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Computing (FOLDOC) dictionary
AMD 29000
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processor A RISC microprocessor descended from the
Berkley RISC design. Like the SPARC design that was
introduced shortly afterward, the 29000 has a large registerset split into local and global sets. But though it was
introduced before the SPARC, it has a more elegant method of
register management.
The 29000 has 64 global registers, in comparison to the
SPARC's eight. In addition, the 29000 allows variable sized
windows allocated from the 128 register stack cache. The
current window or stack frame is indicated by a stack pointer,
a pointer to the caller's frame is stored in the current
frame, like in an ordinary stack (directly supporting stack
languages like C, a CISC-like philosophy). Spills and
fills occur only at the ends of the cache, and registers are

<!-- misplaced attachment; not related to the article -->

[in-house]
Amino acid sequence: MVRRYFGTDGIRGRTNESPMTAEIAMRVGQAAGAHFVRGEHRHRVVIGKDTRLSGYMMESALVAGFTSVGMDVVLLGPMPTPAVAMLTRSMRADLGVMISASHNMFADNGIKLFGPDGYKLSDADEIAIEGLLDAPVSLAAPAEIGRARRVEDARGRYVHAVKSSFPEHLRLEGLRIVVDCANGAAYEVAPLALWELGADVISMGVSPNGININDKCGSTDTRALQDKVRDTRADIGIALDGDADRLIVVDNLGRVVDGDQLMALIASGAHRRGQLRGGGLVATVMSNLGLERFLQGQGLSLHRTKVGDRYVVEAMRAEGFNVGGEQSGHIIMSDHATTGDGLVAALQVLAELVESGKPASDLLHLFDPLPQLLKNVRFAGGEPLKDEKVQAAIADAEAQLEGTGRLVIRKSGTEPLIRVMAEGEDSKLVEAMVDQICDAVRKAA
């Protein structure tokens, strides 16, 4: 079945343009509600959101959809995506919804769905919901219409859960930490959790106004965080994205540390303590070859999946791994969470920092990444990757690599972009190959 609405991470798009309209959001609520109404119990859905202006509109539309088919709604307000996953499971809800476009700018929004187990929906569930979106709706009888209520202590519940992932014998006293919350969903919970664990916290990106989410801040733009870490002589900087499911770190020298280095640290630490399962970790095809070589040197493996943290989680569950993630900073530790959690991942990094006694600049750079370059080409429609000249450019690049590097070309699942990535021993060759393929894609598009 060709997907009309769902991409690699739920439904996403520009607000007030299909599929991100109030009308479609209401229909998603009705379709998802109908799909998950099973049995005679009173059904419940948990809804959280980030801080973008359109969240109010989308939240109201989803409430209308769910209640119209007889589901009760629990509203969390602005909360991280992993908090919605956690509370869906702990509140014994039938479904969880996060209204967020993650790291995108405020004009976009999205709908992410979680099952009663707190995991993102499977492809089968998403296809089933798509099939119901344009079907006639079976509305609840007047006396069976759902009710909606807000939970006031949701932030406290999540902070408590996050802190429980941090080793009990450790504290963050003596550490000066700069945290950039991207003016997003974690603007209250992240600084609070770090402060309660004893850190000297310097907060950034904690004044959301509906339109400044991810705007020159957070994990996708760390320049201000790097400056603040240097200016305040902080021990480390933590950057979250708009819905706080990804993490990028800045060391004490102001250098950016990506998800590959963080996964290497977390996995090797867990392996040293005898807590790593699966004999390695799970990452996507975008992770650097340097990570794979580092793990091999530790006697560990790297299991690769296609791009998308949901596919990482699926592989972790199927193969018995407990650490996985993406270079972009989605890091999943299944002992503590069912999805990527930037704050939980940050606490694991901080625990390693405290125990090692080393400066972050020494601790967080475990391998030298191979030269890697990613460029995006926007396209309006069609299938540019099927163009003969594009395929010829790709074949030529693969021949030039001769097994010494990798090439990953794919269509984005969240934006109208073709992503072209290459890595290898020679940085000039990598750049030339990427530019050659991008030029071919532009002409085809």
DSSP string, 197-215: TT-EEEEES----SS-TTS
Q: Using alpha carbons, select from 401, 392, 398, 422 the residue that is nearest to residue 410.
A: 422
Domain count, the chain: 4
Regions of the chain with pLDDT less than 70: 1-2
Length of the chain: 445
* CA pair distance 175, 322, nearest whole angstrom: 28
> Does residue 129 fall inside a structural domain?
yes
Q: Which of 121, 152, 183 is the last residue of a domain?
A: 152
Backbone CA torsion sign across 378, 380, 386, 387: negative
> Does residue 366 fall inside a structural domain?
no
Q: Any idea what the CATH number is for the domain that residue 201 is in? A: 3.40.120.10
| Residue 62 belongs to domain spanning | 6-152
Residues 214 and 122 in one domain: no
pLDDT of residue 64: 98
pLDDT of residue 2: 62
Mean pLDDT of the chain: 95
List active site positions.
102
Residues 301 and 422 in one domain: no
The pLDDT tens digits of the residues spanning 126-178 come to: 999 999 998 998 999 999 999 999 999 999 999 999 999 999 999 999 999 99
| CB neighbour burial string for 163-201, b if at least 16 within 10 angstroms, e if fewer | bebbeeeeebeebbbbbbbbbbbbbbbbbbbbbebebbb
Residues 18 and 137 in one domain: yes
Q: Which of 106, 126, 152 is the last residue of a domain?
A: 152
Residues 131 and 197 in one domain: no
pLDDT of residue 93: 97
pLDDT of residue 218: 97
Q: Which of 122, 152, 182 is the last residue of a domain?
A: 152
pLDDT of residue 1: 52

saved/loaded from the memory stack. This allows variable
window sizes, from 1 to 128 registers. This flexibility, plus
the large set of global registers, makes register allocation
easier than in SPARC.
There is no special condition code register - any general
register is used instead, allowing several condition codes to
be retained, though this sometimes makes code more complex.
An instruction prefetch buffer (using burst mode) ensures
a steady instruction stream. Branches to another stream can
cause a delay, so the first four new instructions are cached -
next time a cached branch (up to sixteen) is taken, the cache
supplies instructions during the initial memory access delay.
Registers aren't saved during interrupts, allowing the
interrupt routine to determine whether the overhead is
worthwhile. In addition, a form of register access control is
provided. All registers can be protected, in blocks of 4,
from access. These features make the 29000 useful for
embedded applications, which is where most of these processors
are used, allowing it the claim to be "the most popular RISC
processor". The 29000 also includes an MMU and support for